While Stella and Fanny might be the most terrible show-offs, not to mention industrious sex workers, even they drew the line at coupling in public places. Over the course of the subsequent trial, and despite bribing witnesses, the prosecution failed to prove that sodomy had ever occurred, either between the two young men themselves, or within their circle of genteel “sisters”, or even in a dark corner behind the Haymarket with a passing guardsman. Eventually, and only after a second trial a year later, the young men were found not guilty and allowed to slip back into their lives of pro-am theatricals, touring together and separately in such limp pieces as A Comical Countess and A Morning Call.

Kathryn Hughes reviews Fanny and Stella: The Young Men Who Shocked Victorian England by Neil McKenna. Related: photographs of the pair.

The Twilight Language of Nigel Kneale, a book of essays and a cassette tape dedicated to the television dramatist.

Sheltered and Safe from Sorrow: “Victorian mourning rituals, tombstones, epitaphs, and other creepy things”.

Crate digging and the resurgence of vinyl. Related: Men & Vinyl, a Tumblr devoted to men and their discs.

• Designer Shirley Tucker talks about her cover for the first edition of The Bell Jar by Sylvia Plath.

• More Will Bradley at The Golden Age (formerly Golden Age Comic Book Stories).

The Mirror Reflecting (Part 2), a new track by The Haxan Cloak.

Psychedelic Press UK | Related: Catnip: Egress to Oblivion?

Paris in colour circa 1900.

Twilight (1983) by Pete Shelley | Twilight (2000) by Antony and the Johnsons | Twilight (2005) by Robin Guthrie & Harold Budd

Weekend links 133

woods1.jpg

Lower Manhattan (1999) by Lebbeus Woods.

RIP Lebbeus Woods, an architect and illustrator frequently compared to Piranesi not only for his imagination and the quality of his renderings but also for the way both men built very little from a lifetime of designs. Lots of appreciations have appeared over the past few days including this lengthy piece by Geoff Manaugh at BLDGBLOG. (Geoff interviewed Woods in 2007.) Elsewhere: A slideshow at the NYT, Steven Holl remembers Lebbeus Woods and Lebbeus Woods, visionary architect of imaginary worlds. See also: Lebbeus Woods: Early Drawings and this post about Woods’ illustrations for an Arthur C Clarke story collection. Woods was at his most Piranesian with Gothic designs for an artificial planet that would have been the principal location in Vincent Ward’s unmade Alien 3.

Arkhonia draws to the end of a year of blogging about and around the Beach Boys’ errant masterwork, Smile (1967). Witty, discursive and frequently scabrous accounts of how Brian Wilson’s magnum opus was derailed and marginalised until it became convenient for commercial interests to exploit its reputation. Anyone following those posts won’t have been surprised by Wilson’s sacking from his own group by Mike Love in September.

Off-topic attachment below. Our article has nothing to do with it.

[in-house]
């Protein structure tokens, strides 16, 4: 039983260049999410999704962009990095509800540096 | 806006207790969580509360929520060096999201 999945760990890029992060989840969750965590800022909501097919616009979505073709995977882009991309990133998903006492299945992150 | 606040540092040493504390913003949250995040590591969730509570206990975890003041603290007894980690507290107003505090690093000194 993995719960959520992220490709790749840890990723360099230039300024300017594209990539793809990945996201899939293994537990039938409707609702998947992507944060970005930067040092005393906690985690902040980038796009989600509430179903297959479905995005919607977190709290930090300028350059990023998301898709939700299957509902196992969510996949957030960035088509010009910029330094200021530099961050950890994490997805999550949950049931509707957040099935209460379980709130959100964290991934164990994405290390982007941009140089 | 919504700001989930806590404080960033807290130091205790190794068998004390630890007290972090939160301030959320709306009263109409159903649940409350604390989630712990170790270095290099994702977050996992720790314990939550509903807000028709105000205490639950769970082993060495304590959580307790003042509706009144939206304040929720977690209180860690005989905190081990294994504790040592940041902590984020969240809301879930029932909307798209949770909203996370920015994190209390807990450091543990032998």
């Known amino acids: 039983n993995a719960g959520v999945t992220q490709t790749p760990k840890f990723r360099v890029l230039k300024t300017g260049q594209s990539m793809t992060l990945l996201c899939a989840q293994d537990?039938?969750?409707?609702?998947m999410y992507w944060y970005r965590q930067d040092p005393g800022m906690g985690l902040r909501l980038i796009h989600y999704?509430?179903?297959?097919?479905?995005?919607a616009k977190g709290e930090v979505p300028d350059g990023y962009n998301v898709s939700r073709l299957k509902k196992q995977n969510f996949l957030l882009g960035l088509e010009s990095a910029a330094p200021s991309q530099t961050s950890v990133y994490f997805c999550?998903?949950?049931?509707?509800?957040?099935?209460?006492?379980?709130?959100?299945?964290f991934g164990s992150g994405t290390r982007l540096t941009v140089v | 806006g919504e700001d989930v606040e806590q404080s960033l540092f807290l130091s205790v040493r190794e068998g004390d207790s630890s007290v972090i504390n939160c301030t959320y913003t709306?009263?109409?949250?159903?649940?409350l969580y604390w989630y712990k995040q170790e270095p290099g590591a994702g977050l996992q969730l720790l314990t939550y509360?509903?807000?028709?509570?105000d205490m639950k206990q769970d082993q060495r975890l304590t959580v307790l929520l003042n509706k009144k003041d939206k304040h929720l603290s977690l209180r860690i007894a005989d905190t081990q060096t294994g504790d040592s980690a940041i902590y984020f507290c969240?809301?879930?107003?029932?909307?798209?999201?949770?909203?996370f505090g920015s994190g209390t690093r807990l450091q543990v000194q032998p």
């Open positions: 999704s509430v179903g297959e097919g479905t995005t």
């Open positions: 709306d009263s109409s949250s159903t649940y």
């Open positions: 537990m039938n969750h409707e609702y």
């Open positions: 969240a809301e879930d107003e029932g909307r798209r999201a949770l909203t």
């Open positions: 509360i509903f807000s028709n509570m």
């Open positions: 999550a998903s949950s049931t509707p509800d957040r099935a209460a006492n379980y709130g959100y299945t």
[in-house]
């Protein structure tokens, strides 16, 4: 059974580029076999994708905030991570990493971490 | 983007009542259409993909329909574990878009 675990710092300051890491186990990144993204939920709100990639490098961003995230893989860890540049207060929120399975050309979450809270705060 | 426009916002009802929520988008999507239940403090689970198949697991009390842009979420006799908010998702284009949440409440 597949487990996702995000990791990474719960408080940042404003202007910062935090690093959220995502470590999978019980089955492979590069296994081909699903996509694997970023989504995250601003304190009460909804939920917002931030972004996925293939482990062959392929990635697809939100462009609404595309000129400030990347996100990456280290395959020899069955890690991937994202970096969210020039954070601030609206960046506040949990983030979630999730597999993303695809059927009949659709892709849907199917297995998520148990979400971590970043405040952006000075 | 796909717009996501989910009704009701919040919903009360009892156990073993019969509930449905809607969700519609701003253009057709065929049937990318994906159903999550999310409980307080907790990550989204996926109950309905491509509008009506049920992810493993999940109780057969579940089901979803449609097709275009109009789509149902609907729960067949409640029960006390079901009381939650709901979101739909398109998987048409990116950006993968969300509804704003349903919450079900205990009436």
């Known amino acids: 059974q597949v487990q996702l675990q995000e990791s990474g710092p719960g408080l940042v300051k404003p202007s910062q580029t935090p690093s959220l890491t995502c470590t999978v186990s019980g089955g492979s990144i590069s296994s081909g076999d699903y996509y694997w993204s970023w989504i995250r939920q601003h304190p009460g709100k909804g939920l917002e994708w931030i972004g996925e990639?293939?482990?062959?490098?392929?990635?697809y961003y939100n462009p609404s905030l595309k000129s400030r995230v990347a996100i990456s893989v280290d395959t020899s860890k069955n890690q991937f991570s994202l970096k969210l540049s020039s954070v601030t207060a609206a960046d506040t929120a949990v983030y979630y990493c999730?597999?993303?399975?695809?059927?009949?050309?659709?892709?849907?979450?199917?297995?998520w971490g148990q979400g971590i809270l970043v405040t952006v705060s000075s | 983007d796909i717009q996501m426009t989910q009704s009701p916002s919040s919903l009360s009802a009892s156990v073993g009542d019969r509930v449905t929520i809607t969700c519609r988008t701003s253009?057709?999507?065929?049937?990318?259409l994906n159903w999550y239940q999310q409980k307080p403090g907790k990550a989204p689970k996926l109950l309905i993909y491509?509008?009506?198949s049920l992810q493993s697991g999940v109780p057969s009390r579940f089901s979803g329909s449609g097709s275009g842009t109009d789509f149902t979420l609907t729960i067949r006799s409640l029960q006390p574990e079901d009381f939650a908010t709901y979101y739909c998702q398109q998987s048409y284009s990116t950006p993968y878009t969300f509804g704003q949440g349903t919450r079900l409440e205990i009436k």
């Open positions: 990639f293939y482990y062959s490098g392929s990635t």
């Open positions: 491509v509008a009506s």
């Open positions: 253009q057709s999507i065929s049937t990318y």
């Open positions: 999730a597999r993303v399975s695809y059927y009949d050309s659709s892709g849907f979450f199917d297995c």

• “We’ve been underground for 27 hours now. Everyone is caked in mud, with grit in their hair.” Will Hunt explores the catacombs and sewers of Paris.

I think the only remotely interesting drug was acid. I had a slightly peculiar attitude towards it I think. Just about everything about hippydom I hated. I liked the 60s up to about ’65 or ’66. I liked the mod clothes, I liked the look. I wasn’t a keen taker of speed because I didn’t like the comedown from it. Then everything changed and became looser, I didn’t like the clothes at all. I felt rather out of step with it. The acid thing was interesting though. I come from Salisbury and from the age of 12 I had a friend who was 30 years older than I was who I saw regularly up until when he died a couple of years ago, whose obituary I wrote in The Times. This man was called Ken James and he was deputy head at the chemical warfare unit at Porton Down [the MOD’s Defence Science and Technology Laboratory]. He then became head of the scientific civil service; he was the man who introduced computing into the civil service and he had taken acid as early as 1950. This was long before Aldous Huxley.

Sharp Suits And Sparkle: Jonathan Meades On Acid, Space And Place by John Doran. Marvellous stuff. Meades’ new book is Museum Without Walls.

• In New York later this month: A Cathode Ray Séance – The Haunted Worlds of Nigel Kneale.

• More acid: Kerri Smith talks to Oliver Sacks about his drug experiences.

• “It starts with an itch”: Alan Bennett (again) on his new play, People.

nymag.jpg

Lower Manhattan last Wednesday. Photo by Iwan Baan.

• Back issues of OMNI magazine can now be found at the Internet Archive.

• Alan Moore & Mitch Jenkins present their new film, Jimmy’s End.

• At BibliOdyssey: Atlas title pages part one & part two.

• Raw Functionality: An interview with Emptyset.

Athanasius, Underground

Vintage Caza

Stormy Weather (1979) by Elisabeth Welch.